6 – Students often feel bored in school – some of this goes back to Relevance.  Some of it goes to the rote methodology of memorizing facts, working problems and writing pages of text only to be read by the teacher. Real projects that have real world application bring both rigor and relevance.  But our current Race To The Bottom has so much mandated boredom, I’m surprised any kid survives.

7 – A Russian software firm claims to have broken Canon’s software to verify photos.  I like their photo fakes.

USSR Man on the Moon

USSR Man on the Moon

8 – The dPs had a most in-depth post on the Rule of Phi, this is a modification of the old rule of thirds.  The rule of thirds works well on a more squarish rectangle, but when you are shooting video for widescreen, the Rule of Phi is better.

9 – True in high school or college.

In High School Too...

In High School Too...

10 – Tamron Lenses has another in their series of videos for better shooting – sports.

11 – Photofocus has also been running a series – Photography for Newbies – great post on White Balance.

12 – The edublogs are up for voting and I would like to recommend a few for your consideration – please stop by and vote for:

Best Individual Blog – The Principal’s Page

Best Student Blog – Moo

Best Resource Sharing Blog – Free Technology for Teachers

Best Teacher Blog – The Scholastic Scribe

Best Administrators Blog – The Principal’s Page – The Blog

Best Use of Video – Khan Academy

13 – Need a printable monthly or weekly calendar. ReprintMe has it.

14 – Want your students to see what words they use too much?  Just copy their text and paste it into wordcounter.com and it will tell them.

15 – Right here in my own city of Houston, one local high school ditched all their books from the library.  I don’t know if what they did was cost effective or even effective.  It might be brave or foolhardy – only time will tell.

Have a great week, let’s all get to the break in good health and good spirits!

Cool Links #102: The One About…Wow Has It Been A Month

I have not been able or had enough energy to post a links post in more than a month.  My bad, as the kids say.  I think, with football season over, they will come out with more regularity.  Here’s the backlog of links.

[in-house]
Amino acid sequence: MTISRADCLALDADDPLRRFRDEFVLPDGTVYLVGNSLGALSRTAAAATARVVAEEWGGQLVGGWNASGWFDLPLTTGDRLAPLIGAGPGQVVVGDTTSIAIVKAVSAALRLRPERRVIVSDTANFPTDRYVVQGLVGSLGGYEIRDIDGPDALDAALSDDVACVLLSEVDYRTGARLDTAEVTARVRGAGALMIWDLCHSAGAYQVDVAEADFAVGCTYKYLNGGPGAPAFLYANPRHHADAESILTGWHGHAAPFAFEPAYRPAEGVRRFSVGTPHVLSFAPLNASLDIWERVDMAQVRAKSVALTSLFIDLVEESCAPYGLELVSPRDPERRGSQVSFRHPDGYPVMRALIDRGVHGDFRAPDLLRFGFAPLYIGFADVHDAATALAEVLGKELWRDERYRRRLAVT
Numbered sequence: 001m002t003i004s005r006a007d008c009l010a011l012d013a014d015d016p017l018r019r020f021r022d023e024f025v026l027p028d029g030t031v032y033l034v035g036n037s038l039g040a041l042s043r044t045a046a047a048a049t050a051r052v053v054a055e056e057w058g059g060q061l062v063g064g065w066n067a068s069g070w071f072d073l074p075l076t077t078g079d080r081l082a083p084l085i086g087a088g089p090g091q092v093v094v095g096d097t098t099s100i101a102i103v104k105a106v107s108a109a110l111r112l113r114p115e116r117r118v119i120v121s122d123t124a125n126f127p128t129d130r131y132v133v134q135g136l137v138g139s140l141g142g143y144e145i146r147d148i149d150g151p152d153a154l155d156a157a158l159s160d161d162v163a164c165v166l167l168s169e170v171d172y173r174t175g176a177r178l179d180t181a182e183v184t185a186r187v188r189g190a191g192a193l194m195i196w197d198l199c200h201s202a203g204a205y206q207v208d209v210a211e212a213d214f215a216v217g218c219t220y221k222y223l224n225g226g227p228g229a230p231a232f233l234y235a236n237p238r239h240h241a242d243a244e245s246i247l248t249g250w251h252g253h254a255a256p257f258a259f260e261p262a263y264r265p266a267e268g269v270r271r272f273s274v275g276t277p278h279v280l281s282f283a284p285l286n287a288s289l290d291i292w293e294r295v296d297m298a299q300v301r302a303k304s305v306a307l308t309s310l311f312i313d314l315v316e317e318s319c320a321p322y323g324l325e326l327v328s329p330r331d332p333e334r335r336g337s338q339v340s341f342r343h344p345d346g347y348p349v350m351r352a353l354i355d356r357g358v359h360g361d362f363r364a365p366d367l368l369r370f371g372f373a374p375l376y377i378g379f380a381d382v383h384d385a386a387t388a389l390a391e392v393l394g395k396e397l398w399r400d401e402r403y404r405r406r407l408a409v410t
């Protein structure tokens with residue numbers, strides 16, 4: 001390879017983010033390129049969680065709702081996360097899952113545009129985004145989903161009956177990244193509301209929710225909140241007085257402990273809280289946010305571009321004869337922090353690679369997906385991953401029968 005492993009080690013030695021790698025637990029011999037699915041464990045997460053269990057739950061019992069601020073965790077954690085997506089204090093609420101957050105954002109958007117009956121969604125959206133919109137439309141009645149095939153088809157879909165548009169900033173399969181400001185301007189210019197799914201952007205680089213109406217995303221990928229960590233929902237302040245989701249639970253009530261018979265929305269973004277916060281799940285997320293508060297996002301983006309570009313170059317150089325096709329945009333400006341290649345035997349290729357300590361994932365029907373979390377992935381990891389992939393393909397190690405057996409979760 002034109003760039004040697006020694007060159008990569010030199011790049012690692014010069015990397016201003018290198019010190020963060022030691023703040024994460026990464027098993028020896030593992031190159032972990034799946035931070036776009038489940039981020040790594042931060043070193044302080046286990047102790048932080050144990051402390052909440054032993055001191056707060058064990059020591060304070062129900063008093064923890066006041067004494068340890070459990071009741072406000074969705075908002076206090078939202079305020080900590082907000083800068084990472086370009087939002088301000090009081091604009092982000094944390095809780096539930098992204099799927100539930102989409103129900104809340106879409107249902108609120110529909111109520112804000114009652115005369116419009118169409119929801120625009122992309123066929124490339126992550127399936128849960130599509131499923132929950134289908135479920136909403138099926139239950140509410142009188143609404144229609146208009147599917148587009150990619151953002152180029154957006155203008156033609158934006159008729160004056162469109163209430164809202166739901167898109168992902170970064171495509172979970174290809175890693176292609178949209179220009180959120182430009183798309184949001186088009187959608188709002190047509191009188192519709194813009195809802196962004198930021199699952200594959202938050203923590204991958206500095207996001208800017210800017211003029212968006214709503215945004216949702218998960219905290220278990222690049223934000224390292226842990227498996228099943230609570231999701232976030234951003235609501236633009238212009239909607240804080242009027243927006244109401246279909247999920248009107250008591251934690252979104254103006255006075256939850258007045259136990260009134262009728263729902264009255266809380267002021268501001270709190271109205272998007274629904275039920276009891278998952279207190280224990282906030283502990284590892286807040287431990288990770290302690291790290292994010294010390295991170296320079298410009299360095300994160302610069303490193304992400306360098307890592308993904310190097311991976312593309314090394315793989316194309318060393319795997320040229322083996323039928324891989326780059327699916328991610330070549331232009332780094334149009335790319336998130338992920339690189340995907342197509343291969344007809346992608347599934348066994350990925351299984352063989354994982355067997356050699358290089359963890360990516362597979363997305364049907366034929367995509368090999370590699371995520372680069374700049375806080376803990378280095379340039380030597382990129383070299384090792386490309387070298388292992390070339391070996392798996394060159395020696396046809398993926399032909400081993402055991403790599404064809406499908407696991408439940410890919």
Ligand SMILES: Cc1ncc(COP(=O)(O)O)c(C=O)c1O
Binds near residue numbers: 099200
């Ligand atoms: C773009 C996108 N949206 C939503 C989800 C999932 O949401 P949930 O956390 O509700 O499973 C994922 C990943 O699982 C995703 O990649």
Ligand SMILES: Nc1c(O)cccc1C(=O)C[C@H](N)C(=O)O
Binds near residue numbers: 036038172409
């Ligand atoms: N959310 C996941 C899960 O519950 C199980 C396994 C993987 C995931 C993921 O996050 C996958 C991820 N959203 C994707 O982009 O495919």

1 – This photo must have hit with the emotional punch of the 9/11 Towers.  Sure England was a nation already at war when the Blitz hit, but the bombing of their capitol had to come as a surprise to most Londoners.

 

The Blitz

The Blitz

 

2 – The Newsosaur says that Deadlines Don’t Matter, and for a print product I would agree.  But you must own local and you must be online first and more importantly you better get it right.

3 – Here’s a tool that you can use for a lesson, LIFE Magazine’s Timeline creator.  I think you could come up with topics for students to create timelines of famous photos from the archives.   (Thanks to FreeTech4Teachers)

4 – This is a great graphic of movies about high school.  It is however, missing Never Been Kissed – best high school movie about journalism.

 

High School Movies List

High School Movies List

 

5 – The Digital Photography School dPs has a super useful post about how to use your zoom lens for composition rather than just to get closer.

6 – I’m pretty sure I first saw this on the Principal’s Page blog, but it is a great comic about this movie that makes it look so easy to turn around schools by just turning them over to the “supermen” at charter schools.

7 – Photojojo has a few tools for telling if a photo has been faked.  Worth checking out.

8 – Petapixel blog has a copy of the first ever digital photo – not from a digital camera, but from a scanner in 1975.

9 – The Web Design Ledger has a couple of useful digital photography “cheat sheets”.  This one has a good f/stop, shutter, ISO diagram (pdf).

10 – I know a lot of video shooters don’t know a monopod from a broken tripod leg, but I think as many shooters become one-man-bands, they are going to get to know the value of a good monopod.

11 – I am a big Mac fanboy, but I do know how to use a Windows PC.  But I still wouldn’t trade the ease of use and tight integration of my Mac for desktop publishing, video editing or web design.  Windows 7 is pretty good, but you are still at the mercy of the hardware makers.  I still think Mac hardware is still the best, Natania Barron does not agree.

12 – OMG, I have already shared this video with my photojournalism class.  Next year, it will be day one.  They were very quiet.  Thanks to the Reynolds Institute.

13 – Posted without comment.

 

Privacy - Not Found on the Net

Privacy - Not Found on the Net

 

14 – If you didn’t know, or had forgotten like I had, Ansel Adams also took some important photos that documented the tragedy of Japanese internment at the Manzanar center.  Just check it out.

15 – The yearbook blog has 15 Terms every yearbook student should know.  I agree.